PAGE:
The message I heard when I called the guy in Spotsy was spoken in a rural Virginia accent and it ended with “God Bless You”. I figured I was on the right track.

Then, I spent all morning waiting for his arrival. He had another job before mine and his office manager told me that I would get a call when he was on the way. I don’t know what it is with me that makes waiting time less productive than regular time. I spend the time working, but am not nearly as successful at getting a lot of things accomplished while I’m waiting.

It might be because my thoughts wander about from “Maybe the call hasn’t come through because the phone line is dead” (Keep in mind he has my cell phone number) to “But if I start this major task, he may interrupt me causing me not to finish.” (I love to ignore the fact that the primary reason I never finish a major task , especially those I don’t want to do, is that I never start them.)

Thankfully, I was able to complete the one task that was key and essential: clean off and clean out the fridge.

Most people, upon returning home, have a ‘set down’ place. Whatever they are carrying in their hands or their pockets is set down. For some, this place is a shelf, a counter, or a big island. For Dale, this set down place is the top of the fridge.  I filled a handled grocery bag with Dale’s top of the fridge collection. Upon his arrival home, Dale pulled his keys out of his pocket, looked at me, looked at the top of the fridge, and upon hearing  “Don’t you dare” decided it would be best to find a new set down place for the day.

The second place I had to clean off was the outside of the fridge. We Manrys go way beyond the front of the fridge. We stick things up with magnets or tape from top to bottom on all three sides. There are bugs to race, barns to sing along with, photos of people whose names have become vague, comics that made me laugh three years ago, old art projects, everybody’s magnets but Gabes (the beware magnet has not yet arrived), and fortunes from inside cookies that proclaim “Well-arranged time is the surest sign of a well-arranged mind.”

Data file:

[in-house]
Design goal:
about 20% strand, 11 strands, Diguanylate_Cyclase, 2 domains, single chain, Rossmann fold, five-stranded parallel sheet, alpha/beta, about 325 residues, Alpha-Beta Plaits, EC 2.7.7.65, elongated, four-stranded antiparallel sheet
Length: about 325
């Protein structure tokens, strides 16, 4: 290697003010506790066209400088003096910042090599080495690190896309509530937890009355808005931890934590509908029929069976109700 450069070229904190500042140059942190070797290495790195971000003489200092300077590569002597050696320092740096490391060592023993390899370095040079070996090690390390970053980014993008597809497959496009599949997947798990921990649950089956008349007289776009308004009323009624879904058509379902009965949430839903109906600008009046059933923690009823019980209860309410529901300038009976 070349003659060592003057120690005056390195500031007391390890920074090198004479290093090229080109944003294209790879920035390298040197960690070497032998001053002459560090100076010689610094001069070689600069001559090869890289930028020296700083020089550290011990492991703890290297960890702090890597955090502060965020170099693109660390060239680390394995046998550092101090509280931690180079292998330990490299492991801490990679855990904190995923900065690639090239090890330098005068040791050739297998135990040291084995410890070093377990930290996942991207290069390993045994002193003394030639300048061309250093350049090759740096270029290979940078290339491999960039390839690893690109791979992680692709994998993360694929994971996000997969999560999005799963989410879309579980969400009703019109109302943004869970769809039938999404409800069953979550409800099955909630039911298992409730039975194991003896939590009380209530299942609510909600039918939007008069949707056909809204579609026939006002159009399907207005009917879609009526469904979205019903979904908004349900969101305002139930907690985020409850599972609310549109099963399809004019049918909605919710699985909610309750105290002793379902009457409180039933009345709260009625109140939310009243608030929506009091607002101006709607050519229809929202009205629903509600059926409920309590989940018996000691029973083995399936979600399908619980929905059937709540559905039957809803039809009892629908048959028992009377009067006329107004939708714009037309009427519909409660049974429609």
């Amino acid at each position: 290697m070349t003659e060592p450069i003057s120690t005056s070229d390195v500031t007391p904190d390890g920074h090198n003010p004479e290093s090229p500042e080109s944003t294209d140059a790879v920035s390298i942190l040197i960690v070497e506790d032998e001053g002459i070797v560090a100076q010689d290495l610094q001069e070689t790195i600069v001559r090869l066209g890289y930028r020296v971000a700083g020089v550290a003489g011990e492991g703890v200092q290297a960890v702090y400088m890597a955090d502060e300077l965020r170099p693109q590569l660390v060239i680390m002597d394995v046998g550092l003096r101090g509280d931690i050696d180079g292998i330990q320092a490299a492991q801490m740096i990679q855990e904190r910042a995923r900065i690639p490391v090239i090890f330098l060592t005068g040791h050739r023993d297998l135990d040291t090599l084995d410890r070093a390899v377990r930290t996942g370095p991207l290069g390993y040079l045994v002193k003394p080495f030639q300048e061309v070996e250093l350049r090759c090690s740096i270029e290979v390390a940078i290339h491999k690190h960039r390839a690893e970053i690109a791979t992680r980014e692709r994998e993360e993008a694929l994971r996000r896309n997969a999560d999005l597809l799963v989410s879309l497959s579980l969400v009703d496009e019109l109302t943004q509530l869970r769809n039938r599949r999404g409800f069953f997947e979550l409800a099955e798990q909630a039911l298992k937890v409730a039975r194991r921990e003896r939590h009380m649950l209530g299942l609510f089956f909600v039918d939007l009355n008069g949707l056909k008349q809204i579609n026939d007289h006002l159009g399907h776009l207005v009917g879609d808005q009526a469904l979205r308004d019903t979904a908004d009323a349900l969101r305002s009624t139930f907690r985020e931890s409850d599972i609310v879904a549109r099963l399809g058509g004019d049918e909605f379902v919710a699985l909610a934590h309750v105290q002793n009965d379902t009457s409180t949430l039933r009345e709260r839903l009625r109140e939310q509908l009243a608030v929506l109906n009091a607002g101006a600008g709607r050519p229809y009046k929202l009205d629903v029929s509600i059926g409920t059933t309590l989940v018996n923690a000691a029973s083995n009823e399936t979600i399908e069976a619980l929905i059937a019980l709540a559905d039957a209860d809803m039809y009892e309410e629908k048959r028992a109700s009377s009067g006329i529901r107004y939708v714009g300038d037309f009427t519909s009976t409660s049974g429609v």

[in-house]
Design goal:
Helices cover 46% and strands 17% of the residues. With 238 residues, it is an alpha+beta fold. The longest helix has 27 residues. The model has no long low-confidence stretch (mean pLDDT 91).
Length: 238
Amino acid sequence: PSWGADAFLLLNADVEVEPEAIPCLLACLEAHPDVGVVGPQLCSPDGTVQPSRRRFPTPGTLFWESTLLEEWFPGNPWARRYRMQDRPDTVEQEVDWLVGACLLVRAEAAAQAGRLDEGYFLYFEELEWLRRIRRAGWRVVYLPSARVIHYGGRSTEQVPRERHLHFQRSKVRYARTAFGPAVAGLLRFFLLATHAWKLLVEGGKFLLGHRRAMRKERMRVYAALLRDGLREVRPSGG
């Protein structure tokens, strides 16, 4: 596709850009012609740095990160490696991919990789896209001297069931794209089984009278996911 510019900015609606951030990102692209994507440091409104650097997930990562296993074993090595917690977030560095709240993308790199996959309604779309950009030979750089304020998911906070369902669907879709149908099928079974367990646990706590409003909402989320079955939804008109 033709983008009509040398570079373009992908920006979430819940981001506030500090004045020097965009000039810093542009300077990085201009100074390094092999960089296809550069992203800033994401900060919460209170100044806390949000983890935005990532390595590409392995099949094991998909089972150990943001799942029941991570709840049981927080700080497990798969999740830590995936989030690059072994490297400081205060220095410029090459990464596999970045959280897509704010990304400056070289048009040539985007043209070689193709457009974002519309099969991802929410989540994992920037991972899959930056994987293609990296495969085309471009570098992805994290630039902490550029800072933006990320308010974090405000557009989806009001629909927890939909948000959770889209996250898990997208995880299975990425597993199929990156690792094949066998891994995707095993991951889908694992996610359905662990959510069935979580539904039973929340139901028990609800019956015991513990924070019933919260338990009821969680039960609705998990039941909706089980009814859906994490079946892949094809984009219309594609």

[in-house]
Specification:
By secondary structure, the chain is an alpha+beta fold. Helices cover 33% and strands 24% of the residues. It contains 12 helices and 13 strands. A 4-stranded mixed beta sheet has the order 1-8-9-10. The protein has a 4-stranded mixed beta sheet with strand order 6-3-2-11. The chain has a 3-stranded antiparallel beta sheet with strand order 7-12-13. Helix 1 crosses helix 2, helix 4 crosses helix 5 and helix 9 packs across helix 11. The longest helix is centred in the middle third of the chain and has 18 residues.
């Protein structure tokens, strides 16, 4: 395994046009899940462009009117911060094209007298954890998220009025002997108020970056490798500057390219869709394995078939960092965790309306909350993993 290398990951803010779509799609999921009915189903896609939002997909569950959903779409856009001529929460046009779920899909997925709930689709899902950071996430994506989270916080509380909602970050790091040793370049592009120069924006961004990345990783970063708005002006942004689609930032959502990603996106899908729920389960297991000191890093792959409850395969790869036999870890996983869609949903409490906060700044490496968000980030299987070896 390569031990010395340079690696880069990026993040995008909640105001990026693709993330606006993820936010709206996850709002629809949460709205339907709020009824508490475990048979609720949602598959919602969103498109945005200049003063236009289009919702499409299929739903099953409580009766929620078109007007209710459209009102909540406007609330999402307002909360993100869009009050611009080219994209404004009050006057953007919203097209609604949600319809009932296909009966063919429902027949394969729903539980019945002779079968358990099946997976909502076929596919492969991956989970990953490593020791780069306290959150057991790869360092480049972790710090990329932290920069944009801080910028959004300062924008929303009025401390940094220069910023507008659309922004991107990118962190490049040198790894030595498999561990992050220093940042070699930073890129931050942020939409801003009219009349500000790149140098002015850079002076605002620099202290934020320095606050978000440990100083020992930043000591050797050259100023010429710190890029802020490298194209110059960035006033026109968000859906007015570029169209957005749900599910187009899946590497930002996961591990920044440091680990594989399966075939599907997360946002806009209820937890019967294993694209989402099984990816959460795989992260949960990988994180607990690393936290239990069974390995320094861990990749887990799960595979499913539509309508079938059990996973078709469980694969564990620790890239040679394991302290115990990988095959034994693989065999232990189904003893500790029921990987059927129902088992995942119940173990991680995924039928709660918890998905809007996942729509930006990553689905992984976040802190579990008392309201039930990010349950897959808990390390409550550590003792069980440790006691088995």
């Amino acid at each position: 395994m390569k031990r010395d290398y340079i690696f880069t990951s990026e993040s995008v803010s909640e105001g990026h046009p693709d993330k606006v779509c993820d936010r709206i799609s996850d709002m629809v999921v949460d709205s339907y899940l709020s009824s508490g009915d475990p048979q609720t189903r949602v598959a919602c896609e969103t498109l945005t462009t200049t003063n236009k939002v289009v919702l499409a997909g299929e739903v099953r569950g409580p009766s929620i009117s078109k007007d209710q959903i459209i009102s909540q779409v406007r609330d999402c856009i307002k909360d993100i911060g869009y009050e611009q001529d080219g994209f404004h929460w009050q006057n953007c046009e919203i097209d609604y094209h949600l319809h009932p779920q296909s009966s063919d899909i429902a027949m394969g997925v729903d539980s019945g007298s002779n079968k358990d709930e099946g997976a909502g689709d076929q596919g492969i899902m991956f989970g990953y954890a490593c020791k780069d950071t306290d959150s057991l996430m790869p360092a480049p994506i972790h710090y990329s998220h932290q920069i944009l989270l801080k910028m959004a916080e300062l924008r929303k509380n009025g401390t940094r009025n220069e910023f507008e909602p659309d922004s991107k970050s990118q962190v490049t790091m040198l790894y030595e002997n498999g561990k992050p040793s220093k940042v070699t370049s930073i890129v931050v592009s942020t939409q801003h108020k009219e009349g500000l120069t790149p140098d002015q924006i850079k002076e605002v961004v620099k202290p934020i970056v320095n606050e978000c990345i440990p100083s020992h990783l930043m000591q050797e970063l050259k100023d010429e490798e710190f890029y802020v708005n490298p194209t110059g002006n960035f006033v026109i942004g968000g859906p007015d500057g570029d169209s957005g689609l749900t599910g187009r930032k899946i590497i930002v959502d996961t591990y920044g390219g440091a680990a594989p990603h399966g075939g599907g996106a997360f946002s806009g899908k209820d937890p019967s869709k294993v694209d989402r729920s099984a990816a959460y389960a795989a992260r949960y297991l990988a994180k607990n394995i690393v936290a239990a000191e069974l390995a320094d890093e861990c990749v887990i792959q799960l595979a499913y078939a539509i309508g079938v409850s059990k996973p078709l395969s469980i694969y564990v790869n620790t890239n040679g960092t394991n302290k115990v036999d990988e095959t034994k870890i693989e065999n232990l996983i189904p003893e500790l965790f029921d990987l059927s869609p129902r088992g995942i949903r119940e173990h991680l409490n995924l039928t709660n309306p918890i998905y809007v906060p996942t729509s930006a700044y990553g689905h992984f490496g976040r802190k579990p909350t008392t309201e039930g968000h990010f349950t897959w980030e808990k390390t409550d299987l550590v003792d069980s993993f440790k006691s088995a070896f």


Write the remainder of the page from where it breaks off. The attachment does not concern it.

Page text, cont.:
I filled a second bag with stuff from the outside of the fridge. When the kids arrived home, I said to them, “Doesn’t the fridge look great? No clutter…all clean lines and open spaces.” Abby replied, “It doesn’t look very homey.” She and my mom, they know all about the homey.

I filled two tall garbage bags with the food I had to throw away from inside: freezer meat that had thawed and refrozen, ice cream, sour cream, ricotta cheese, milk, buttermilk, lunch meat, leftovers, and all the half drunk/half finished this and that which fills the door shelves. The few things that were salvageable, I put in the cooler with some ice. Yes, Mom, the freezer jam and frozen strawberries survived.

When the repairman finally arrived, he unscrewed the cover over the coils and declared I had a faulty fan. He made me come and look and see what the problem was, he gave me a thorough explanation of how my fridge worked, he dug around in his truck looking for a replacement, but was unsuccessful in finding one. He had his office manager order a new fan using overnight shipping.

…So I sit, waiting for the call that will tell me when he will arrive with the new fan, and watch the opportunity to prove I have a “well arranged mind” slip away.

Nov 14 2010

Running With My Bucket

Posted by Mugs @ 7:56 pm in Devotional Print This Post Print This Post

By Mugs Manry

“Look at the birds of the air, they do not sow or reap or store away in barns, and yet your heavenly Father feeds them. Are you not much more valuable than they?”

Matthew 6:26 (NIV)

My husband and I have matching chairs in front of our pellet stove, and we love to sit down in them together to read. He has his cup of coffee; I have my cup of tea; and there are usually piles of papers, books, and magazines. This would seem an idyllic scene, yet there is one item that detracts from it. Between our chairs sits a narrow, rectangular side table which is not quite up to the task at hand.